Hirshhorn Plaza

Directions Series

Richness of invention and approach is what we hope to present, without seeking to establish definitive directions.
—Abram Lerner

Since its opening in 1974, the Hirshhorn has been committed to providing a platform for the artists of today. Directions, established in 1979 by the Hirshhorn’s first director, Abram Lerner, as a group installation and transformed in 1987 to highlight the work of a single artist or paired artists, has been a longstanding hallmark of the Museum’s exhibition program and partnership with living artists. Bringing a diverse range of emerging and more-established artists from around the world to Washington, the series provides a prominent space on the National Mall—be it in a traditional gallery, the lobby of the Museum, outside on the Plaza, or even on the building itself—for new work and new ideas.  

Conceived as a way to address the vitality, diversity, and inventiveness that characterizes contemporary art, Directions has inspired artists to employ an amazing range of practices, media, concepts, and techniques over the years. Artists have reenvisioned the lobby space (Jim Lambie), debuted new video work (Marina Abramović), led members of the public through a day-long spontaneously generated performance (Oliver Herring), intrigued visitors with larger-than-life, hyperreal human figures (Ron Mueck), imagined alternative histories for the Hirshhorn (Terence Gower), and even presented ideas for a work that was never realized (Cai Guo-Qiang).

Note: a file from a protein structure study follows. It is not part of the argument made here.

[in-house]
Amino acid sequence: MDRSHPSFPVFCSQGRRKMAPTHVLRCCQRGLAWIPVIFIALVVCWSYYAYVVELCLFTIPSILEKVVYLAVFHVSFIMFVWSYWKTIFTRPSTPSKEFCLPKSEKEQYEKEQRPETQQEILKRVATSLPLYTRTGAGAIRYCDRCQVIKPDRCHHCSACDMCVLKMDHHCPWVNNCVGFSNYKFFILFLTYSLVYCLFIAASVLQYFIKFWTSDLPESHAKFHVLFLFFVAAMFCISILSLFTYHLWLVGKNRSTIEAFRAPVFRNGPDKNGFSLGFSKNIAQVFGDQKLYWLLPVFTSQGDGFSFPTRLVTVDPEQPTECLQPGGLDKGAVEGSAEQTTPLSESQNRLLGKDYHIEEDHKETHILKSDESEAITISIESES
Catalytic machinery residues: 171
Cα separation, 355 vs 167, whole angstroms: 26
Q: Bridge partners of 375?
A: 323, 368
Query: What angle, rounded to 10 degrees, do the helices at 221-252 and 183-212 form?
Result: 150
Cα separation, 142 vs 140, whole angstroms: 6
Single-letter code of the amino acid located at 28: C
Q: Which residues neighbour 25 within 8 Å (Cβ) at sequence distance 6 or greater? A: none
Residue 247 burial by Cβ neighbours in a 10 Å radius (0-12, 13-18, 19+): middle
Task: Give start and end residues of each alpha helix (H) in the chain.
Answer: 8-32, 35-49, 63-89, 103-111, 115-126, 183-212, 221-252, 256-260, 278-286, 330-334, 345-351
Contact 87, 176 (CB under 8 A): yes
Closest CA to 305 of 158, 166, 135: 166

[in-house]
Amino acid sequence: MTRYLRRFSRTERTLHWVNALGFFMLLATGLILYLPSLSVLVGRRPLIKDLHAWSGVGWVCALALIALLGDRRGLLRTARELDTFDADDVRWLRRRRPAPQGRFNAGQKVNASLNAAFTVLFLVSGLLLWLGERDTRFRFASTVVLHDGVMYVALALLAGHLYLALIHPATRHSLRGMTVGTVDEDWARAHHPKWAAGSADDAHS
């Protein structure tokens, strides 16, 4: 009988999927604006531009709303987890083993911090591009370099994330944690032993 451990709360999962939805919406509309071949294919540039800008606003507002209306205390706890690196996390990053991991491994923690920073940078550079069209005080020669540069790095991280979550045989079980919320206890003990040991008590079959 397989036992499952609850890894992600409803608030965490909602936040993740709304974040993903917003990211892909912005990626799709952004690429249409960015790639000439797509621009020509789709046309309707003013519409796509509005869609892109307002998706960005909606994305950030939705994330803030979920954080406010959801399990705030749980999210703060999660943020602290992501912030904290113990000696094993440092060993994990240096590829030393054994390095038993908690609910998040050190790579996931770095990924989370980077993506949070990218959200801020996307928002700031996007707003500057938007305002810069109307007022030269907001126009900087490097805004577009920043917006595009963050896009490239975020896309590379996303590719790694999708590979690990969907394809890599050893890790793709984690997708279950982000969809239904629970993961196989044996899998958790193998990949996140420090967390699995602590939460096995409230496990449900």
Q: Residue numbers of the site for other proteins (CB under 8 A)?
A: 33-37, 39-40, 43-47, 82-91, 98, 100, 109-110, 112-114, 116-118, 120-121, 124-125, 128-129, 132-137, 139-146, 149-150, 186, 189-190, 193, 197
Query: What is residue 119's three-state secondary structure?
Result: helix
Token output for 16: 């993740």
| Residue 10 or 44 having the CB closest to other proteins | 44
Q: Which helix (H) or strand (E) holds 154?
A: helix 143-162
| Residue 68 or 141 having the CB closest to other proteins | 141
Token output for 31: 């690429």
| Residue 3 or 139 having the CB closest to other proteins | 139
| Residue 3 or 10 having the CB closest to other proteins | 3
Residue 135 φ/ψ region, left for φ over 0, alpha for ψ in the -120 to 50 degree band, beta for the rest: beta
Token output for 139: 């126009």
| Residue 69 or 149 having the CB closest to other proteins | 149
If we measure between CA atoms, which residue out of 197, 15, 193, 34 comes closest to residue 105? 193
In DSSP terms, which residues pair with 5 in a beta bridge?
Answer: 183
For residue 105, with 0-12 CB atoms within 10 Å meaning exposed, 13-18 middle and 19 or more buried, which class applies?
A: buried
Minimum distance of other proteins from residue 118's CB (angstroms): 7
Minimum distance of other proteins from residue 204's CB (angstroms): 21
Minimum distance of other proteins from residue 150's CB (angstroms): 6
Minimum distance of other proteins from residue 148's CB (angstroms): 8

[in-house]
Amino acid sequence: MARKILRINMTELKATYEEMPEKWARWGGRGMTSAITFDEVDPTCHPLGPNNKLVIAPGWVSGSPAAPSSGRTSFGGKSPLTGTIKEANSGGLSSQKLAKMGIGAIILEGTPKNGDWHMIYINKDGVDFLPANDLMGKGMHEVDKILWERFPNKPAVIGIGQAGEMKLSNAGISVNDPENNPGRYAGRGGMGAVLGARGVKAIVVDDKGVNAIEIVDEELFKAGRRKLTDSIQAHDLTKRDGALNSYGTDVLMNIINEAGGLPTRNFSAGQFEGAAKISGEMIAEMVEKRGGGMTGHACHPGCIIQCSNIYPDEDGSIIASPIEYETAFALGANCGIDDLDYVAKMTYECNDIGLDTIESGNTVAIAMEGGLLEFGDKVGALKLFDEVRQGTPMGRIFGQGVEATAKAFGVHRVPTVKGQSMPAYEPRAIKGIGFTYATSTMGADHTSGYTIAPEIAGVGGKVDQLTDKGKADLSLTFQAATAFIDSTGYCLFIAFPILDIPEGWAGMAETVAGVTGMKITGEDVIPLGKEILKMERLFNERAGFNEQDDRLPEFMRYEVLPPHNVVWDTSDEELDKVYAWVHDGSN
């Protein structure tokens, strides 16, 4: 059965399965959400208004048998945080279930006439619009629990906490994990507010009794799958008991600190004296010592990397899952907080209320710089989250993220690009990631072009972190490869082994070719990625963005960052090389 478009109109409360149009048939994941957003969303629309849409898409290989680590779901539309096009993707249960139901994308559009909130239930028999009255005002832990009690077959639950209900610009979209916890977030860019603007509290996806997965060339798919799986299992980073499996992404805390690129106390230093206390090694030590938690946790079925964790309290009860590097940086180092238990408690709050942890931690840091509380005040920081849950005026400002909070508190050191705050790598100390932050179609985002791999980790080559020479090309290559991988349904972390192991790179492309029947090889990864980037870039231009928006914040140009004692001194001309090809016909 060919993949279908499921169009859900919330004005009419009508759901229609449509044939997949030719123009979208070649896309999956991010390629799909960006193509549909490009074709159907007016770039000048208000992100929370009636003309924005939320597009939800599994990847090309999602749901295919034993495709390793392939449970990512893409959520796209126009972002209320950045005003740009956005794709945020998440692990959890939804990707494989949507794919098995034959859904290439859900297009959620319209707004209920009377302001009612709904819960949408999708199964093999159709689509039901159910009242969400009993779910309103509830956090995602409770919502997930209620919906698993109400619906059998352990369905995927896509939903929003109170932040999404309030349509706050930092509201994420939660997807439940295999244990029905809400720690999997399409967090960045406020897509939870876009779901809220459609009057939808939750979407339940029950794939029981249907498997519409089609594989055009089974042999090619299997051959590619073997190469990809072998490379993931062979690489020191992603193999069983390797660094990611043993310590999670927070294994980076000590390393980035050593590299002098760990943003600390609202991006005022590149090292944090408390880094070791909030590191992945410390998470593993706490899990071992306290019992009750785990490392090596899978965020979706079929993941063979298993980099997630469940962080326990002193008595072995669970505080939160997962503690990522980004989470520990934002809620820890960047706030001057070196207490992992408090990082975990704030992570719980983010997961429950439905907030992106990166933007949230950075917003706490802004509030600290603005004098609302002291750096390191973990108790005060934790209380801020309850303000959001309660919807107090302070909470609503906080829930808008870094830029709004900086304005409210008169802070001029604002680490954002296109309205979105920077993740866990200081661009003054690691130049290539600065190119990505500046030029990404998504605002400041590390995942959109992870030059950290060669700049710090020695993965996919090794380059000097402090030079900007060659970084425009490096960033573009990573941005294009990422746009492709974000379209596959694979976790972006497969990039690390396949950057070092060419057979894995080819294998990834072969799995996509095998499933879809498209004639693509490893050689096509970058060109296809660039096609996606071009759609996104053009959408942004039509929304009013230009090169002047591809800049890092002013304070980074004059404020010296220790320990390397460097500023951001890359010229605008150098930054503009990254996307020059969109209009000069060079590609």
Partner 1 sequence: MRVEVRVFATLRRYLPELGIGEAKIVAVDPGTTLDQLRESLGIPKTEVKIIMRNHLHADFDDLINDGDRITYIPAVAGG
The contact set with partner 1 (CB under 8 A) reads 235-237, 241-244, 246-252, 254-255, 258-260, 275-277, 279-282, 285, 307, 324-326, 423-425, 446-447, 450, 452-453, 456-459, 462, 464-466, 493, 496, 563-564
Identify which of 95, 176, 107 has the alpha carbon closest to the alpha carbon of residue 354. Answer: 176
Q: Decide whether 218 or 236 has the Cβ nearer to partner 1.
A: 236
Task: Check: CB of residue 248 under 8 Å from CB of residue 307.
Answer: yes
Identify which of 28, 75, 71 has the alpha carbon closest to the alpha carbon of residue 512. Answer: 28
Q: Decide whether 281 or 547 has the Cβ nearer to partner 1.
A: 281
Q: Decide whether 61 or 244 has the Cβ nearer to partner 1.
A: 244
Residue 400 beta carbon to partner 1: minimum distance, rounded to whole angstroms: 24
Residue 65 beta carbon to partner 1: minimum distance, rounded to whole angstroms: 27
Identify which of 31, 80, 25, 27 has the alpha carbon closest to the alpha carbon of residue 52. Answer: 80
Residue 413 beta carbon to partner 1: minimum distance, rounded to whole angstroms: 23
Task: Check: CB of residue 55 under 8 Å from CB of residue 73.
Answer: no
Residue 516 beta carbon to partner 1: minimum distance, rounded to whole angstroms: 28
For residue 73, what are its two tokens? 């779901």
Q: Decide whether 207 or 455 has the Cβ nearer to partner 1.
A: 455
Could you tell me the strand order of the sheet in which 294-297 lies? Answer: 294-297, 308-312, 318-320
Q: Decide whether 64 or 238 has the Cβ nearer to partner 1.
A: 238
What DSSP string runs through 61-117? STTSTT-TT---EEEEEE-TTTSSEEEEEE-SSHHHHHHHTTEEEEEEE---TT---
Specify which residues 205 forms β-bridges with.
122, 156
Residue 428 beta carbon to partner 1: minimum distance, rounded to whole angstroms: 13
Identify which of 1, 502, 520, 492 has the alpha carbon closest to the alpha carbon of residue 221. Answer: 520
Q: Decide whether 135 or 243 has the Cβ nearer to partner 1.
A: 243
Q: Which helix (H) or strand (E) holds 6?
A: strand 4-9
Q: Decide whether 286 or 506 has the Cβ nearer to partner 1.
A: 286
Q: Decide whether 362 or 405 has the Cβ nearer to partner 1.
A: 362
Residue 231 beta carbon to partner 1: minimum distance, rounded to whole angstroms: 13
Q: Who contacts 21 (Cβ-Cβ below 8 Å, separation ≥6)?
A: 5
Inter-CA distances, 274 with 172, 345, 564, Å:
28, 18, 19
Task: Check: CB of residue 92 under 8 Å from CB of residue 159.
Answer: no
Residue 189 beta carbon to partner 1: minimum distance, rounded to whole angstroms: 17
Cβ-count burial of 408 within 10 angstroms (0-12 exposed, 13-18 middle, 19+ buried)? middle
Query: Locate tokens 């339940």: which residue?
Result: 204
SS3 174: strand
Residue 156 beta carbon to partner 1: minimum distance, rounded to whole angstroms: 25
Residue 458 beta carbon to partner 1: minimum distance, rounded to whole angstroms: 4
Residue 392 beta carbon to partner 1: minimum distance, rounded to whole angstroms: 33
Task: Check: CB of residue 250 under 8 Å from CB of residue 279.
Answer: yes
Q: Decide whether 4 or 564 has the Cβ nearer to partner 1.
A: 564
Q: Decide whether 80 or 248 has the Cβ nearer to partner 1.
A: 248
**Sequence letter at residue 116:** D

Throughout its more than thirty-year history, some of the best-known and most groundbreaking artists of our time have participated in the series, many early in their careers, such as Christian Marclay, Tony Oursler, Tacita Dean, and Jeff Wall. Others, such as Ron Mueck, realized their first museum installation through this program. Moreover, demonstrating the Museum’s symbiotic approach to exhibitions and collections, the Hirshhorn has acquired a number of works by these artists from their Directions projects, thus enhancing the legacy of this series and of the Museum’s holdings of innovative works in all media.

For both artists and visitors, who engage not only with the work but also with one another through our Meet the Artist public lectures and online interviews, Directions has become a transformative opportunity and a significant catalyst in the trajectory of contemporary art today.